For example, if the cap is faulty and unable to maintain correct pressure, air can enter the cooling system. Consequently, the coolant will be unevenly distributed throughout the system.

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Similarly, if the radiator fan is not cycling on and off correctly, it will not push enough air into the radiator. This can cause intermittent engine temperature spikes.

You can diagnose radiator issues through visual inspection. Simply check the cap and the fan for signs of damage, wear and tear. As for a clogged radiator, check for coolant flow while the engine is running.

To fix radiator problems, you must replace the cap and fan. If replacing the cap, wait for the engine to cool down. Then, unscrew the old cap by pushing it down while turning it counterclockwise and screw in the new one.

If the radiator fan is the problem, here is how to replace it:

  • Step 1: Locate the radiator fan between the engine and the radiator.
  • Step 2: Unplug the wire connectors running from the fan motor to the engine.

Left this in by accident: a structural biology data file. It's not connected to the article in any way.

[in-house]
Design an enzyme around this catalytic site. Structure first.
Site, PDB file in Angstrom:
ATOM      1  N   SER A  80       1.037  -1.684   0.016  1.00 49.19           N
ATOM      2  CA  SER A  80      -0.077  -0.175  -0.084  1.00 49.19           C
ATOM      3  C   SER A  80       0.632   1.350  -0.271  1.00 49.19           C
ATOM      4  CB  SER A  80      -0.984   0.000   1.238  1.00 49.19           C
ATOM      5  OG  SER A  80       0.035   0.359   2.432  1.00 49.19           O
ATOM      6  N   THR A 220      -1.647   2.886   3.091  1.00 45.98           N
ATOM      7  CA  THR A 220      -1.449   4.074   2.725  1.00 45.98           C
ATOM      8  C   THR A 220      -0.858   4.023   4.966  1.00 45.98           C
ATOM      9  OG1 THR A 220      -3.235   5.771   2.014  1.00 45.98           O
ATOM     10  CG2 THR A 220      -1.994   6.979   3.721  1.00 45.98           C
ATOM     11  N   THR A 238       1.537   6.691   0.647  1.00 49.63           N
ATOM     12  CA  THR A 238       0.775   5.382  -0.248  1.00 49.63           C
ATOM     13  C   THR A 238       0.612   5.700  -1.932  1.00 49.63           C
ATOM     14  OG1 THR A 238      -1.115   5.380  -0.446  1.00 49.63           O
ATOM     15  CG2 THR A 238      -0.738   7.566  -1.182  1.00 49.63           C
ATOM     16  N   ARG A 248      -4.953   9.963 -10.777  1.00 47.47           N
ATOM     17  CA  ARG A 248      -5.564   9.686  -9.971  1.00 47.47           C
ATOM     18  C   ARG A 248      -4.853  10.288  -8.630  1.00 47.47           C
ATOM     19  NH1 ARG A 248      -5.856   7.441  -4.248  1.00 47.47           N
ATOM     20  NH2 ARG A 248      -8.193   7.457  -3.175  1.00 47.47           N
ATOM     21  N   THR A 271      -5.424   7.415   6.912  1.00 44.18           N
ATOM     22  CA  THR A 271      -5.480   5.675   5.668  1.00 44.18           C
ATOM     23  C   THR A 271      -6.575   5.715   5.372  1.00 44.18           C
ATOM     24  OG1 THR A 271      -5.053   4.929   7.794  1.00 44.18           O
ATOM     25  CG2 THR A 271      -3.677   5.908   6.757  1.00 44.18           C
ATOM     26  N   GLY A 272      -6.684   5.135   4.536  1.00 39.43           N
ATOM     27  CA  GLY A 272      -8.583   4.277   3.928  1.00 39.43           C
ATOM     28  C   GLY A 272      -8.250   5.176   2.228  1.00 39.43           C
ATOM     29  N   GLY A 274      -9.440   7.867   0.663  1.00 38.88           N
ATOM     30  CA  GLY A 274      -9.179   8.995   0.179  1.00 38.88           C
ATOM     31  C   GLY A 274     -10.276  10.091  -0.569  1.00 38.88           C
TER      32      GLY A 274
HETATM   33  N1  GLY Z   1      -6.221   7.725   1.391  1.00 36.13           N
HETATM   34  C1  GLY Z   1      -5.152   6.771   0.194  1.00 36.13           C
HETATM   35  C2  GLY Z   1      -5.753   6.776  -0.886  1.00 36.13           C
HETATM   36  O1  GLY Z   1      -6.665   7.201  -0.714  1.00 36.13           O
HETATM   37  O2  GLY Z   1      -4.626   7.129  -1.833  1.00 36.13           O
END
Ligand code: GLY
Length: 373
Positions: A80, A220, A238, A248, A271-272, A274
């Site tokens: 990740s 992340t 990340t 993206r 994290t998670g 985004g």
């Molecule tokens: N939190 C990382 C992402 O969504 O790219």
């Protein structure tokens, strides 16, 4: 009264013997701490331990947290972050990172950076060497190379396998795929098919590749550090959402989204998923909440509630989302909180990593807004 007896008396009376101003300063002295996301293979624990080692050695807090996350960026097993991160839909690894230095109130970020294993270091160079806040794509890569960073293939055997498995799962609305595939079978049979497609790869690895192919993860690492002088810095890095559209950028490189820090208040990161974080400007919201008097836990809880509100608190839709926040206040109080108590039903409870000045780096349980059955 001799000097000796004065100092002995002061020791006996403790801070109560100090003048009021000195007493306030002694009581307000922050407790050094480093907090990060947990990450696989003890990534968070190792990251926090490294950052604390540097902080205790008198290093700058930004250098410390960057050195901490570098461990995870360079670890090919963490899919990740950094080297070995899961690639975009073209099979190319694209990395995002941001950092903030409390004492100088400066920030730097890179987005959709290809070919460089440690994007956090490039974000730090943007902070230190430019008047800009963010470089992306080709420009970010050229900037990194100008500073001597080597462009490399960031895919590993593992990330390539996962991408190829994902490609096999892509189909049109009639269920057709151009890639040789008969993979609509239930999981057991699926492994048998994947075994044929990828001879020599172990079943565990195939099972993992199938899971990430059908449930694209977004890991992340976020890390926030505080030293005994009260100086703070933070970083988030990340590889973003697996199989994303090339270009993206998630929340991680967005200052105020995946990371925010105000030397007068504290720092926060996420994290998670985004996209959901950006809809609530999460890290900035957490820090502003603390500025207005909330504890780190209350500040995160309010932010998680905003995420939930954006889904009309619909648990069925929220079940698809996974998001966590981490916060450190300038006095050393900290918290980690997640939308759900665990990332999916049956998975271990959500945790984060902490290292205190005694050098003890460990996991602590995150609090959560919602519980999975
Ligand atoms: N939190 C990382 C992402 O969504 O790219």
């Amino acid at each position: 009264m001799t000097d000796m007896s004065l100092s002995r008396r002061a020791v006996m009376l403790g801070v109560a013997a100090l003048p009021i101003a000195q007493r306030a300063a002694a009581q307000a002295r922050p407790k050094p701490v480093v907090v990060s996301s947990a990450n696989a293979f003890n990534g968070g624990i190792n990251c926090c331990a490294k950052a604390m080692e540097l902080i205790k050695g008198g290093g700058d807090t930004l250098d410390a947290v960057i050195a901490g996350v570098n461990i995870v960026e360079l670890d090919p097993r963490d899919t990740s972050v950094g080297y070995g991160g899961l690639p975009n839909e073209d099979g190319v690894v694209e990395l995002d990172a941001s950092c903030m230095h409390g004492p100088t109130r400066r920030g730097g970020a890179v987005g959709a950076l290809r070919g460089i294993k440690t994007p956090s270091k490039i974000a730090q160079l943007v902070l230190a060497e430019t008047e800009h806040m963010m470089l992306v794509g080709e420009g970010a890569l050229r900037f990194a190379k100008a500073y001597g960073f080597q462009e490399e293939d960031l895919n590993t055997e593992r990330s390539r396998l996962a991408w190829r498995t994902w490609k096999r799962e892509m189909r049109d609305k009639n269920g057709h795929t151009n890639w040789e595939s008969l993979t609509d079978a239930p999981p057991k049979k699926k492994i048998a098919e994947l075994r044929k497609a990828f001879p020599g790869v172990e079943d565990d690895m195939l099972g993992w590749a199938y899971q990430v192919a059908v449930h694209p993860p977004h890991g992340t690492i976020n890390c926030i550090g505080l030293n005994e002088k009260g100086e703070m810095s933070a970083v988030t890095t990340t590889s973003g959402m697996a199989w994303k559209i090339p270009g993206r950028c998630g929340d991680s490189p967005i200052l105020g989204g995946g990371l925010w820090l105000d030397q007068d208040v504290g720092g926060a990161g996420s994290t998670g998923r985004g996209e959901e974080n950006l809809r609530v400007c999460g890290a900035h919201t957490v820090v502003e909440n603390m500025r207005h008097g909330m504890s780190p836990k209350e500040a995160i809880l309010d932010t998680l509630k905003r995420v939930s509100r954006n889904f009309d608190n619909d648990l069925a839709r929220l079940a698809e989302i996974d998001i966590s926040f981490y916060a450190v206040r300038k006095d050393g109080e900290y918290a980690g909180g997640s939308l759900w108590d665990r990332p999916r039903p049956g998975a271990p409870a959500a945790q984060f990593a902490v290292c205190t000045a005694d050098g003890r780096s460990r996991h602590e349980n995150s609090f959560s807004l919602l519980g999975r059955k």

• Step 3: Remove the fan housing by unfastening the screws holding it in place.
  • Step 4: Next, remove the fan from the housing and install the new one in reverse order.

Watch this short demonstration of how to replace the fan:

Failing Water Pump is a cause Of Engine Temp Spikes Then Return Normal

A water pump helps circulate coolant through the engine, heater core, and radiator, preventing overheating problems. Over time, the pump’s impeller can wear out, preventing it from distributing the coolant effectively.

When this happens, you may notice temperature spikes when the engine is operating at higher RPMs. But when you slow down, the temperatures may return to normal.

A failing water pump can exhibit symptoms, such as whining, squealing, or chirping noise while the engine is running. In this case, the best solution is to replace it through the following steps:

  • Step 1: Disconnect the negative battery cable and drain the coolant.